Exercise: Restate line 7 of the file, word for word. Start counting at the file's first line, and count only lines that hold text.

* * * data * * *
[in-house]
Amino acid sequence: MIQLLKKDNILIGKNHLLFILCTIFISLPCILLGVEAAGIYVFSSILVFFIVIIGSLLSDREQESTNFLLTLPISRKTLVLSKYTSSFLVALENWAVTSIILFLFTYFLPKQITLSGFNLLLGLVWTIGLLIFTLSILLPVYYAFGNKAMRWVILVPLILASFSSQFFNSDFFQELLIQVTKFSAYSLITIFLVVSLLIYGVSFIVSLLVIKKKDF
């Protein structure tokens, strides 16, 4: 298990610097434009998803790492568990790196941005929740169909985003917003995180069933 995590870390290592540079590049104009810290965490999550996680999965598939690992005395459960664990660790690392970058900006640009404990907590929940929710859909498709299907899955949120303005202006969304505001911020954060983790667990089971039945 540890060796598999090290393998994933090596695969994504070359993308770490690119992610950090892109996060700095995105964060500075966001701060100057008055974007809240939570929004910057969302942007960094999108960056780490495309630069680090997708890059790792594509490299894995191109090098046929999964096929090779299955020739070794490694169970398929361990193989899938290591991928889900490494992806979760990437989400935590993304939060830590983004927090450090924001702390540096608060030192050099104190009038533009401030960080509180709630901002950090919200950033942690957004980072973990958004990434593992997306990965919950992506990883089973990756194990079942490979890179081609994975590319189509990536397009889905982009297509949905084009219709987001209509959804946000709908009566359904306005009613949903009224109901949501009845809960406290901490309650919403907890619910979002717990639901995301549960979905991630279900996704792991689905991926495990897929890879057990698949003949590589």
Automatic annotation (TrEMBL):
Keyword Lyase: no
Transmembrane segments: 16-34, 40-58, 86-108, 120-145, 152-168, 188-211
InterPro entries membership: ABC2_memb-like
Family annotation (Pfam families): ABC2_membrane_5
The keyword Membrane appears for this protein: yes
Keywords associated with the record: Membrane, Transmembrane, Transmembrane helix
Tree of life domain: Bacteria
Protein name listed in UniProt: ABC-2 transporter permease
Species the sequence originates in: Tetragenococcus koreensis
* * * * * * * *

InterPro entries membership: ABC2_memb-like